Gov. Ron DeSantis is ready with his veto pen as the FY 20-21 budget remains on his desk.
The $93.2 billion spending plan is likely to get a haircut, but the open question is, how much and from where?
“We’re waiting on the budget,” DeSantis told reporters Thursday in Tallahassee. “We need to see what we’re looking at, obviously from a health perspective, we watch the numbers every day,” DeSantis added.
“We’ve got to see what the economic prognosis looks like. I get numbers, how much in the hole we’ll be for the remainder of this fiscal year, and the numbers I’ve received are not anything that would cause us to have to redo the current fiscal year budget,” DeSantis said.
“And even next year, given the amount of money we’ve received, a lot of people feel that could be doable,” the Governor added.
“I think it’s more prudent to wait and see how things develop over the next several weeks,” DeSantis added. “I’m hoping we would not need to come back to do a Special Session.”
Still, he cautioned, vetoes might be on the way if there isn’t a Special Session to revise the budget, which was approved before the virus crashed Florida’s economy.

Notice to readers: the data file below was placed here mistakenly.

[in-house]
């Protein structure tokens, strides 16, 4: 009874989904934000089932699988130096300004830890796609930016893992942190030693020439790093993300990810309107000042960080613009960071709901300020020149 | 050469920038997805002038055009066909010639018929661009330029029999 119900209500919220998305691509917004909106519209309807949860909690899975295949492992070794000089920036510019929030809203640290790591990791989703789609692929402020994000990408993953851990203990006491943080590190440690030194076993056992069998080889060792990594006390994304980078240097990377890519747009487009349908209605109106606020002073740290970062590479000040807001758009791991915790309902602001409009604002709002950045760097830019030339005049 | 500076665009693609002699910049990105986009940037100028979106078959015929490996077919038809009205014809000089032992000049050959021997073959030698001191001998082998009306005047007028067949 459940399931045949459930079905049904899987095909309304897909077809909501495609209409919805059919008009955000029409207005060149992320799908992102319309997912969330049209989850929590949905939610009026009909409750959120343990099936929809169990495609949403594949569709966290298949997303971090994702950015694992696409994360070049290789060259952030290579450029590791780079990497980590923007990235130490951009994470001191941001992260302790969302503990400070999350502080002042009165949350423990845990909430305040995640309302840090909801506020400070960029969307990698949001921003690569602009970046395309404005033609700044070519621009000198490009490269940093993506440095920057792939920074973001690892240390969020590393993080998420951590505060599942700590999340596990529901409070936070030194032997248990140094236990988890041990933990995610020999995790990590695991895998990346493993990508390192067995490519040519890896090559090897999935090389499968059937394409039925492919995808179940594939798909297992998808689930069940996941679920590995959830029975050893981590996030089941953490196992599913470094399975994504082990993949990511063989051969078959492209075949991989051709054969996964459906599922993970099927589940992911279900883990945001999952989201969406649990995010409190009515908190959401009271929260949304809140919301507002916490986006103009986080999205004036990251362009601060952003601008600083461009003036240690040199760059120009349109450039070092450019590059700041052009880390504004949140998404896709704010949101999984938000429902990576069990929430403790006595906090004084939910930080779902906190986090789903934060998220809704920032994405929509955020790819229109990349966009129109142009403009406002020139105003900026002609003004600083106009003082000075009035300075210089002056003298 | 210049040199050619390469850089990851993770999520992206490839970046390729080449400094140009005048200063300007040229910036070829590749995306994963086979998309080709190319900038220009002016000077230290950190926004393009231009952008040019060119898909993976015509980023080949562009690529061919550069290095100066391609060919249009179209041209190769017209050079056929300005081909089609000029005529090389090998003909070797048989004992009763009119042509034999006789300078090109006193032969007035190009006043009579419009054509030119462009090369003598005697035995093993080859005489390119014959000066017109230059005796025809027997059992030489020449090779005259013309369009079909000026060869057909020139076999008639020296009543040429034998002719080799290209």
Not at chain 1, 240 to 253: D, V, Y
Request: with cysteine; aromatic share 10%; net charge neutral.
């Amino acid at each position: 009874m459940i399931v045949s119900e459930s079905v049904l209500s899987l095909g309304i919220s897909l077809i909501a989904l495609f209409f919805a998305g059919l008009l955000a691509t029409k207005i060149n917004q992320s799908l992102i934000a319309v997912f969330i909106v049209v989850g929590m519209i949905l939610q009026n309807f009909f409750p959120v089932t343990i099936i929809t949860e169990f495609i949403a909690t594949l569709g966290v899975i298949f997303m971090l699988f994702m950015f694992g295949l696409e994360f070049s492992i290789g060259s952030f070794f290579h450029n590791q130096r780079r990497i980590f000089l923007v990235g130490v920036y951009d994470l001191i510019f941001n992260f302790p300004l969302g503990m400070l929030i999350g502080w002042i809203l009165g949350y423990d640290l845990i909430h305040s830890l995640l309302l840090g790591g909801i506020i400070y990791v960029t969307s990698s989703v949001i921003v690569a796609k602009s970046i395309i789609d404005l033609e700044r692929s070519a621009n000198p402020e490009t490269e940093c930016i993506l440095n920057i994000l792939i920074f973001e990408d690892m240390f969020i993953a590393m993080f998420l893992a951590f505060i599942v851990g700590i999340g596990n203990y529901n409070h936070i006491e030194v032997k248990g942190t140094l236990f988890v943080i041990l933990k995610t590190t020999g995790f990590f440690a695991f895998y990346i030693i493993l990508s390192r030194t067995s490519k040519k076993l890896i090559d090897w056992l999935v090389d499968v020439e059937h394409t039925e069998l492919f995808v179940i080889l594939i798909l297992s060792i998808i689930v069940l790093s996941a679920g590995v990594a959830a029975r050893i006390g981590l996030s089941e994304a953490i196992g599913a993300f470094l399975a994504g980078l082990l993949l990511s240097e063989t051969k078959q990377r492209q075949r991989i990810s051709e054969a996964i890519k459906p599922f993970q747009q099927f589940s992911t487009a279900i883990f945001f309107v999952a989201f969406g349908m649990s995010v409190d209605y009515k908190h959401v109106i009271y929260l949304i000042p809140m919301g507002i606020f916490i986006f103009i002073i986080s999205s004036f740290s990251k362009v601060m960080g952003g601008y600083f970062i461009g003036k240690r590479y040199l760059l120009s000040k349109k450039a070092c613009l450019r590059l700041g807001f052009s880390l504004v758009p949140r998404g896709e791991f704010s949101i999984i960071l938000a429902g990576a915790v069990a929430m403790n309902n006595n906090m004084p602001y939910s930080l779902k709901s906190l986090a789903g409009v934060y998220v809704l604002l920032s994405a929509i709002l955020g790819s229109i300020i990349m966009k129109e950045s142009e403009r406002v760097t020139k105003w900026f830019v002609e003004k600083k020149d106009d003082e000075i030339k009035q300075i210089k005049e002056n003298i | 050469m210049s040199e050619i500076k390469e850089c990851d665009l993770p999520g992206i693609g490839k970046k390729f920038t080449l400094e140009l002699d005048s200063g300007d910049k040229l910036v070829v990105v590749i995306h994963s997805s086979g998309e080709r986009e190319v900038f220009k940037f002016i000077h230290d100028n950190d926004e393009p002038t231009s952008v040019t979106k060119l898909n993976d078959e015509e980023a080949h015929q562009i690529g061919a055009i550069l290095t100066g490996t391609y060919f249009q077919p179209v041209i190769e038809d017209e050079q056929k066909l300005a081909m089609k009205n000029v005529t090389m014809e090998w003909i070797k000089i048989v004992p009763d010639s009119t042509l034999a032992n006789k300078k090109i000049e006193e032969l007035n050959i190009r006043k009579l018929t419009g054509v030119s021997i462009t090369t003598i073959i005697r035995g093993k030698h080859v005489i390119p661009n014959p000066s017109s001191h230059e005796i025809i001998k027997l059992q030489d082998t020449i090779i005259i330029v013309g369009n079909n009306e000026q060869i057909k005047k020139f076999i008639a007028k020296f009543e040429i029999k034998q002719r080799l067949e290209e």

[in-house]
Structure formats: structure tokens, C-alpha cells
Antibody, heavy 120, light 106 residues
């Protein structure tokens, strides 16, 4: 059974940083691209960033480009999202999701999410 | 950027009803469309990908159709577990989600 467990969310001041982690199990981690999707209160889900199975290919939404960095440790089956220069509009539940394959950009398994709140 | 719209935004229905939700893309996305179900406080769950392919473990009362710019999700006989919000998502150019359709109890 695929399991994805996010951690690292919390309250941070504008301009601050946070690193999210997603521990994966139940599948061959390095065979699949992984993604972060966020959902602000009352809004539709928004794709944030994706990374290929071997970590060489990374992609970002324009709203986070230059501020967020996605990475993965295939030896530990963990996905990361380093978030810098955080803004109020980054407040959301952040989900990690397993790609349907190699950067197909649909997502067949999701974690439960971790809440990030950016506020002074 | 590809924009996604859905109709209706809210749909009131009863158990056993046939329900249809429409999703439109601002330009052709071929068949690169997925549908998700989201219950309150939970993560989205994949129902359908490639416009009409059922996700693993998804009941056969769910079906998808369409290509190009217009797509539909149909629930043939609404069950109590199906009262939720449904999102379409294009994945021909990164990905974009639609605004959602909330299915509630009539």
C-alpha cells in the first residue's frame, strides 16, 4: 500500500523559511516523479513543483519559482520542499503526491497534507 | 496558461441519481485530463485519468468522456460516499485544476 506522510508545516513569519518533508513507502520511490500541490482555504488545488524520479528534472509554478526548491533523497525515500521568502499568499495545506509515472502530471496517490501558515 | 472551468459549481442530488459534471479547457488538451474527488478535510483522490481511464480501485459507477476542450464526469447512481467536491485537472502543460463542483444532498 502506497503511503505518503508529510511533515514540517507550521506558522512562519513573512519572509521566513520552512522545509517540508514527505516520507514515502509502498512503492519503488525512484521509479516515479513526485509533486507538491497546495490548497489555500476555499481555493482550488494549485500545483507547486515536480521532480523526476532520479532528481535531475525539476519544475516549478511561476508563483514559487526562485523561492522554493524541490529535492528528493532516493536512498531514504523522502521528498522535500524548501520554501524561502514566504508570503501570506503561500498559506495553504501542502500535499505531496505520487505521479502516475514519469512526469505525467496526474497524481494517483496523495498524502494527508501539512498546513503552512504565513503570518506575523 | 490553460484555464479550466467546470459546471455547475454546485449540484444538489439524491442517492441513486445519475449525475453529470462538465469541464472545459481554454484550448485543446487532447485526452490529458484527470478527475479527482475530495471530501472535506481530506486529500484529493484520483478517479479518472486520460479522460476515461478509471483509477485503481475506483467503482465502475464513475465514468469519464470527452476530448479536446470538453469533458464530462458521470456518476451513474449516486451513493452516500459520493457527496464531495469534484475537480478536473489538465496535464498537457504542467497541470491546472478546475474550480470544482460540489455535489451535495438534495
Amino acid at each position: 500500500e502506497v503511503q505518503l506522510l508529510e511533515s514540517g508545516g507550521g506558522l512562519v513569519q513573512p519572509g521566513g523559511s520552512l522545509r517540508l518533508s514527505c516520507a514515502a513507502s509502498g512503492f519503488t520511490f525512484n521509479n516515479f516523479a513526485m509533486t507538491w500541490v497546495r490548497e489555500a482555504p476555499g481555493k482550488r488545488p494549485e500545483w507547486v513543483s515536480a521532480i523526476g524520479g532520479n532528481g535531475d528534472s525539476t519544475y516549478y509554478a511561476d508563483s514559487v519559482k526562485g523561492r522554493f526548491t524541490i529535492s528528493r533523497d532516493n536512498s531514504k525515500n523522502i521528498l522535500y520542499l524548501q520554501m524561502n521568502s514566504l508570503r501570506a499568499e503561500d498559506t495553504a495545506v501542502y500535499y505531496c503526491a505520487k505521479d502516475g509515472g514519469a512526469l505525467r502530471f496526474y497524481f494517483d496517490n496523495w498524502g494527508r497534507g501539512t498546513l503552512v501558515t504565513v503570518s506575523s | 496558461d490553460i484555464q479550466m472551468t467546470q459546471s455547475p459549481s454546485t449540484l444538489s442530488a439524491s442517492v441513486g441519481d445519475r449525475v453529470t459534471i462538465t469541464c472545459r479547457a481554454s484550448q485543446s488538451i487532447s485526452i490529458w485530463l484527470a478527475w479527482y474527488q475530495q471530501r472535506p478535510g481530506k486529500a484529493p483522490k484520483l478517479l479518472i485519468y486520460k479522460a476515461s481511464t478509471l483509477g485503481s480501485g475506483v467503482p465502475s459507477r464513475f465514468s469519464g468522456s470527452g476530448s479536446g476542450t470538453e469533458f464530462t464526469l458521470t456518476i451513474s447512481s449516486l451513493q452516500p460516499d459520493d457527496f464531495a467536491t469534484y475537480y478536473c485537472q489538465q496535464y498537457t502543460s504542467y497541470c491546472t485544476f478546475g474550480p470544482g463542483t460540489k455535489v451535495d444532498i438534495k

Without one, DeSantis said it “may require me to exercise a lot of vetoes, and there may be vetoes on things I personally support, but in this situation we’re dealing with something that’s unprecedented, and we just need to be responsible.”
For those who might see funding cuts, DeSantis urges patience.
“Come back next year,” DeSantis said, “and we’ll do it.”
“If we want the budget to stick, I’m going to have to look hard at what is absolutely necessary, and what things we can punt until next time,” DeSantis said.
In 2019, DeSantis scratched at least 35 last-minute deals made by legislative budget leaders as supplemental appropriations.
The $93.2 million budget includes roughly $400 million in local projects, along with full funding for affordable housing, tourism marketing, and other areas neglected in previous budget cycles.
However, since the Legislature adjourned in mid-March, coronavirus has soured the economy.
In the last five weeks, 660,000 Floridians have filed for unemployment, a number likely low given the myriad difficulties people have with applying.
IHS Markit and Moody’s both predict massive GDP declines in Q2, with a recovery potentially starting by the end of the year.
A Moody’s Analytics 2019 State Stress Test Report forecasting how a recession would hit Florida suggests a rough hit also.
A “severe recession” would produce a $5.6 billion shortfall and 3.5% increase in Medicaid spending.
Florida Politics’ Scott Powers contributed to this post.